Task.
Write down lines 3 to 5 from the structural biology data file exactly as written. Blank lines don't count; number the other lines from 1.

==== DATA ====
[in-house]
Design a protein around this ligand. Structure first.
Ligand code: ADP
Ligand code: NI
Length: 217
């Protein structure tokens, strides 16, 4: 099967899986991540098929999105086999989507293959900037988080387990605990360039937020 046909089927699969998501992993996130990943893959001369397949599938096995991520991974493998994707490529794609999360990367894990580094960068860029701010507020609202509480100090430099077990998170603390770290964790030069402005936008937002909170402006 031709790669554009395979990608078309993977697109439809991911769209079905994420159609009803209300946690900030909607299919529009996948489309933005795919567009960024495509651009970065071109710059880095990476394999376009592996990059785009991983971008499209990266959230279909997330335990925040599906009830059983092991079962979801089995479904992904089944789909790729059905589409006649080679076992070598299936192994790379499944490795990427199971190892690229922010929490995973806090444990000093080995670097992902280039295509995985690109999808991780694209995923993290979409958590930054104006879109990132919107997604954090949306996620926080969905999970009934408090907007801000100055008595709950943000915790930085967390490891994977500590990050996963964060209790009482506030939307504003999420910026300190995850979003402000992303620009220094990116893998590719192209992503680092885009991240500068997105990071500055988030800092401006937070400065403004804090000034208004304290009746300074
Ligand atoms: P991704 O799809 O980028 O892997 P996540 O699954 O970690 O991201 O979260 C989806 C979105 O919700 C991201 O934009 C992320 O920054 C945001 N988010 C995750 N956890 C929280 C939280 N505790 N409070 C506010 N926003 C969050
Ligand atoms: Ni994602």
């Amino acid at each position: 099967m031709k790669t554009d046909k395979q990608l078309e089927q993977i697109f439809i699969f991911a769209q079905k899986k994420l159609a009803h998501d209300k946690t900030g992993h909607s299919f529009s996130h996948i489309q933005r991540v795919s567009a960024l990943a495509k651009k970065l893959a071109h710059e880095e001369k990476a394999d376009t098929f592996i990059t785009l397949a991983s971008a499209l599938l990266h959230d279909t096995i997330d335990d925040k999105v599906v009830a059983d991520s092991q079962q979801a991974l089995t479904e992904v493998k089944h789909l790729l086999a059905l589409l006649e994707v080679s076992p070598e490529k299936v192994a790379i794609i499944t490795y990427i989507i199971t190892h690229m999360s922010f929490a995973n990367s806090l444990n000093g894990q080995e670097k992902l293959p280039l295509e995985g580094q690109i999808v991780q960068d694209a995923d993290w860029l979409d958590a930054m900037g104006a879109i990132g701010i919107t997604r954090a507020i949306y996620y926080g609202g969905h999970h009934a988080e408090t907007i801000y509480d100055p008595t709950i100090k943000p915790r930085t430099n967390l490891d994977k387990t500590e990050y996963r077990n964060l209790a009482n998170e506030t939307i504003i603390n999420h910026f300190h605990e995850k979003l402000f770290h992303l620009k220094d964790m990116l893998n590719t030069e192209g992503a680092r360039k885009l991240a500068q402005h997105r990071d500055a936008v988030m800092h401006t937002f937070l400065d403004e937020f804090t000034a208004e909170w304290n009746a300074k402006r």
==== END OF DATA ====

Ligand code: ADP
Ligand code: NI
Length: 217